Spatial and temporal patterns of snowplow strategy and its socioeconomic significance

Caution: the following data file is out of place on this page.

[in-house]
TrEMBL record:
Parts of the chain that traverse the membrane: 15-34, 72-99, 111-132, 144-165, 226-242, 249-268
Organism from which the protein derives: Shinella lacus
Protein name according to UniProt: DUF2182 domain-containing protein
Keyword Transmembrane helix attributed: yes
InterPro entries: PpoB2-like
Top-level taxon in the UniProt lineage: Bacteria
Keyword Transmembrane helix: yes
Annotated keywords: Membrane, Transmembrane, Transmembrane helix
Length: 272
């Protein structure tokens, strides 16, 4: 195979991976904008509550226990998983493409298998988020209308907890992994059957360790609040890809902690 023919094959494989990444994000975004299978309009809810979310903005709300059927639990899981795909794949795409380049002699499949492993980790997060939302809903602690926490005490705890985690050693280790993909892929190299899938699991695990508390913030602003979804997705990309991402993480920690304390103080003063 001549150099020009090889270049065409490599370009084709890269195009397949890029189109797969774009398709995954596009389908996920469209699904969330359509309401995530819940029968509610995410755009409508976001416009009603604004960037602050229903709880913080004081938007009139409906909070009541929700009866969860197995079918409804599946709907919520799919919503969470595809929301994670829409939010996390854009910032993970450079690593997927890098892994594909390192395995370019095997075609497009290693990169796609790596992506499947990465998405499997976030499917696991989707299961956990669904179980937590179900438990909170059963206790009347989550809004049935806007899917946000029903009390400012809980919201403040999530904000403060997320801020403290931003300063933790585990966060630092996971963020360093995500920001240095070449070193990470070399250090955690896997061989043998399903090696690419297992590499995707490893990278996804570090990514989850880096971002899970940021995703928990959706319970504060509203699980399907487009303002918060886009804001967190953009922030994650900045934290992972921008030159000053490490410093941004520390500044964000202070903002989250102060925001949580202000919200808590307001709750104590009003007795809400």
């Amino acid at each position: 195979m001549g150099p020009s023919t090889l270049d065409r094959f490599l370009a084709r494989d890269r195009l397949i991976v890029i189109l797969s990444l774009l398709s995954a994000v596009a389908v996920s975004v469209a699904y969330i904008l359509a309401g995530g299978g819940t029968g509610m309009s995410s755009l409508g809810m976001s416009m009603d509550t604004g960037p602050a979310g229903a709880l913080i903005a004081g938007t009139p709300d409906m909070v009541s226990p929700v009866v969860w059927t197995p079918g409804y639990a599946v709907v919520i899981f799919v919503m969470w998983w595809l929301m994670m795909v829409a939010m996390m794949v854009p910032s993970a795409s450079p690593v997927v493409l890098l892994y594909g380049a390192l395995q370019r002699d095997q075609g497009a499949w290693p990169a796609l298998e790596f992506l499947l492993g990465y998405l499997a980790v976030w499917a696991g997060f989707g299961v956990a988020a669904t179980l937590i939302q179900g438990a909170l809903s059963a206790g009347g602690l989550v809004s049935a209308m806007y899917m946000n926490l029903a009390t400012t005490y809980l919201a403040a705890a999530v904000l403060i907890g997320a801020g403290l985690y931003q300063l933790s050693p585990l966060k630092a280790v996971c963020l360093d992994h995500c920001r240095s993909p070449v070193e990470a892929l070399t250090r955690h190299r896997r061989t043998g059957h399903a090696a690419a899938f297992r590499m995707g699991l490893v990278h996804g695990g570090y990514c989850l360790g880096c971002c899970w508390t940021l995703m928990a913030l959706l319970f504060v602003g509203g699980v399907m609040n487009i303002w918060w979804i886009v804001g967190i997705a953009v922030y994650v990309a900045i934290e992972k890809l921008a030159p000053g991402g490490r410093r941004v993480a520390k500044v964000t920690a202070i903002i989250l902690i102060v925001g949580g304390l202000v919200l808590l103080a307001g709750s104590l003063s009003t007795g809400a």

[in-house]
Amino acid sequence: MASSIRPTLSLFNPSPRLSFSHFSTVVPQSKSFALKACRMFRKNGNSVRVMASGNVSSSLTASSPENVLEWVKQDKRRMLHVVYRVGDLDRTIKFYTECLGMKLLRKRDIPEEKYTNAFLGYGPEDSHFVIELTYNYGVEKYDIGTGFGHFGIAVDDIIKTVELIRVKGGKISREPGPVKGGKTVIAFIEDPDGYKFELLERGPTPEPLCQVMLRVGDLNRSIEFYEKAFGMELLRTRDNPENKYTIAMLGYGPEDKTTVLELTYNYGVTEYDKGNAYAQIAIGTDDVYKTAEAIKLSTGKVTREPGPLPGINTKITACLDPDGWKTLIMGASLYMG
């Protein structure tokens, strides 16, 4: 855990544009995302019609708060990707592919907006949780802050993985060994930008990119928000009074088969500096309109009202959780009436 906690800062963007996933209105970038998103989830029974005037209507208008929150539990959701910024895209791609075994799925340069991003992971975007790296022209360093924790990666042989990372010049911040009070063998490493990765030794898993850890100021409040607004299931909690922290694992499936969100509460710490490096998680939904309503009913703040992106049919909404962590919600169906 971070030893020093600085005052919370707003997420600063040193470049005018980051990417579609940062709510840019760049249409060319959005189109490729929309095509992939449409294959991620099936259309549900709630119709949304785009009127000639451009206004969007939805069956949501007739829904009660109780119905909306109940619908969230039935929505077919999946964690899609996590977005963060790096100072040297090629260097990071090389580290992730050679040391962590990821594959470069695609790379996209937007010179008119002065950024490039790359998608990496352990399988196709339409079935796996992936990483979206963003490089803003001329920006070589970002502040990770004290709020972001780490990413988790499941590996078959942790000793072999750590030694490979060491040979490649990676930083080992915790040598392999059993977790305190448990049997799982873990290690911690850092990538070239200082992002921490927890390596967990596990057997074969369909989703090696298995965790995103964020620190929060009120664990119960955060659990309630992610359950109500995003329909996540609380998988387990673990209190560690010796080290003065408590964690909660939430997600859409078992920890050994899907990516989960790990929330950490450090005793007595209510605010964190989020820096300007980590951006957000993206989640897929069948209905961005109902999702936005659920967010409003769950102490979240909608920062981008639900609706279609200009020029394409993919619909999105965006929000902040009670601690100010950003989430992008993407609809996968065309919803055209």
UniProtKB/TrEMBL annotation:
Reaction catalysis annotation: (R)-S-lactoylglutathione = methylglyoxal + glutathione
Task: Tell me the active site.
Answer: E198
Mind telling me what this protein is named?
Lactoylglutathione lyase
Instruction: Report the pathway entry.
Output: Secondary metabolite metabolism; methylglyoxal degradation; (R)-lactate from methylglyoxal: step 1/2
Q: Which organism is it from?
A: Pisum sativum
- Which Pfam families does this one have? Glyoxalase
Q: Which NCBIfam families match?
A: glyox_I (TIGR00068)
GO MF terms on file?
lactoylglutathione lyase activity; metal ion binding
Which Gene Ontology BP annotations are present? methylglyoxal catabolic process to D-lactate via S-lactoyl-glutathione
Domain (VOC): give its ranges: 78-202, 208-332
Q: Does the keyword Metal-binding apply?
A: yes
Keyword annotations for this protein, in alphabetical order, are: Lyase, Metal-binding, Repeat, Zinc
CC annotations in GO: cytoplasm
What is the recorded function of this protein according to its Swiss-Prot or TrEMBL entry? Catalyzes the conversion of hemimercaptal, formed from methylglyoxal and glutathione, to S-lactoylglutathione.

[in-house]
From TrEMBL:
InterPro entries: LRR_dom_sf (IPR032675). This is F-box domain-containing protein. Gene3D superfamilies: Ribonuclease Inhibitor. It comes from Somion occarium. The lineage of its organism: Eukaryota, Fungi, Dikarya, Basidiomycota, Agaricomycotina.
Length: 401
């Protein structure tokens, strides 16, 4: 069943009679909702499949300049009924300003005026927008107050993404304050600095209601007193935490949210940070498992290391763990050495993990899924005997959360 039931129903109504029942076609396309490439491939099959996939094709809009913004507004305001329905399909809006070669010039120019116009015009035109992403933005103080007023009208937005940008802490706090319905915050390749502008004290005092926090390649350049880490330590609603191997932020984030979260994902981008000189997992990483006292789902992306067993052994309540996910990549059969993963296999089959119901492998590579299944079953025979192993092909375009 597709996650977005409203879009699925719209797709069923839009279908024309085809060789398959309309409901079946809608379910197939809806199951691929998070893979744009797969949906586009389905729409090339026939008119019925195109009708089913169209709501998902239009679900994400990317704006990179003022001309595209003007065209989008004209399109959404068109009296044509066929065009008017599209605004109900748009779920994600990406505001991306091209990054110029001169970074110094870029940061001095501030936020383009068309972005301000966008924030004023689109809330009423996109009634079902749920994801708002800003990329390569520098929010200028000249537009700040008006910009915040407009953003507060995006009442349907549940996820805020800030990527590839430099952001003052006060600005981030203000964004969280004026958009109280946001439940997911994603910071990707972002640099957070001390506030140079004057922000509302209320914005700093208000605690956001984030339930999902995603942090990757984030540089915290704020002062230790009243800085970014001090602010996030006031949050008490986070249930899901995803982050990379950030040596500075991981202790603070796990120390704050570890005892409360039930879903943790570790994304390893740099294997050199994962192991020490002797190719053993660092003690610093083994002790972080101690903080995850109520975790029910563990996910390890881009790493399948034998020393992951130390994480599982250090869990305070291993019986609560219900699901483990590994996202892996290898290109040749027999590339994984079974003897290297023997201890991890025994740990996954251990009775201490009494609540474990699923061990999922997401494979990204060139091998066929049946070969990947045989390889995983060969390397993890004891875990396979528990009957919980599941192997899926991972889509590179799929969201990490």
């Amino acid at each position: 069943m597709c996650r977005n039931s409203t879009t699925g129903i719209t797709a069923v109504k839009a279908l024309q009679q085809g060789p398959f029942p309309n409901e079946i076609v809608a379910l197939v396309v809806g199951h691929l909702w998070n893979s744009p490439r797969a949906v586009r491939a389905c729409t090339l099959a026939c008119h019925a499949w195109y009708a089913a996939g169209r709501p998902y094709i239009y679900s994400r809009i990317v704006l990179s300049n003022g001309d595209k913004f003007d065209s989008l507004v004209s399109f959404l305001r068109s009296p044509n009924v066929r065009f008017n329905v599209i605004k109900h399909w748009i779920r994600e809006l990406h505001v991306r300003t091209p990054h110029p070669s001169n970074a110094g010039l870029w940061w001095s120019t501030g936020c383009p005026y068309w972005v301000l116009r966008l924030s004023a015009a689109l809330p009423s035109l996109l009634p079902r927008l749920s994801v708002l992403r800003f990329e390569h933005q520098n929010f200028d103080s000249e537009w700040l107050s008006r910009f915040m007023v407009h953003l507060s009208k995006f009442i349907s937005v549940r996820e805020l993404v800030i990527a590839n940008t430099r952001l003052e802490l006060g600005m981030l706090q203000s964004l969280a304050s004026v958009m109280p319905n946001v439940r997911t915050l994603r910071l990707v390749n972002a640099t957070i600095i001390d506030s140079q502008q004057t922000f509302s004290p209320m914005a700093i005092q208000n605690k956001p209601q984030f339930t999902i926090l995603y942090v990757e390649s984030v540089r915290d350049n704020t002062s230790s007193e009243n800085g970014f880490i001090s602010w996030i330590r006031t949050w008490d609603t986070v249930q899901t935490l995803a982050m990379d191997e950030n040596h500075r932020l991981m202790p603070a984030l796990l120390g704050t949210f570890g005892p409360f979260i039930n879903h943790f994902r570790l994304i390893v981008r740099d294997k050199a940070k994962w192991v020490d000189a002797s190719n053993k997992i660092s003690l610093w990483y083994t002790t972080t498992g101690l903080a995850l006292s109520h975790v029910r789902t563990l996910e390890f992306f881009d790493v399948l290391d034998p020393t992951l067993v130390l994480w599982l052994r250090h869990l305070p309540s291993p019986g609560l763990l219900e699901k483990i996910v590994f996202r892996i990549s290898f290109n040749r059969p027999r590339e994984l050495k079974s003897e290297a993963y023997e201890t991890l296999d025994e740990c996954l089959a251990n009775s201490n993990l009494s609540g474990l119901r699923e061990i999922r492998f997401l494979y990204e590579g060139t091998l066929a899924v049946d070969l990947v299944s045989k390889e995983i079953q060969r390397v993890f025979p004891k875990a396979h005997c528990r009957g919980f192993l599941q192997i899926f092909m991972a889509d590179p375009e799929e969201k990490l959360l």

Snow plowing is a common urban planning practice in cities of northern US. Each of these cities has been implementing its snowplow strategy for decades. Lots of studies mainly focus on snowplow efficiency through the lens of engineering design. The route design, plow priorities, and plow frequencies are apparently rooted in experience. It is surprising that there is no study on whether snowplow coverage and frequency are appropriate for achieving social and economic equality. In this study, we tackle this issue from geospatial perspective and perform GIS analyses for three tasks. First, determining spatial distribution of snowplow frequencies in a few days over multiple years and quantifying the temporal patterns of the distribution. Second, generating equality indices for physical environment and socioeconomic status of residents in the studied city. Third, linking the patterns of snowplowing frequencies to those of equality indices to identify the areas with environmental injustice.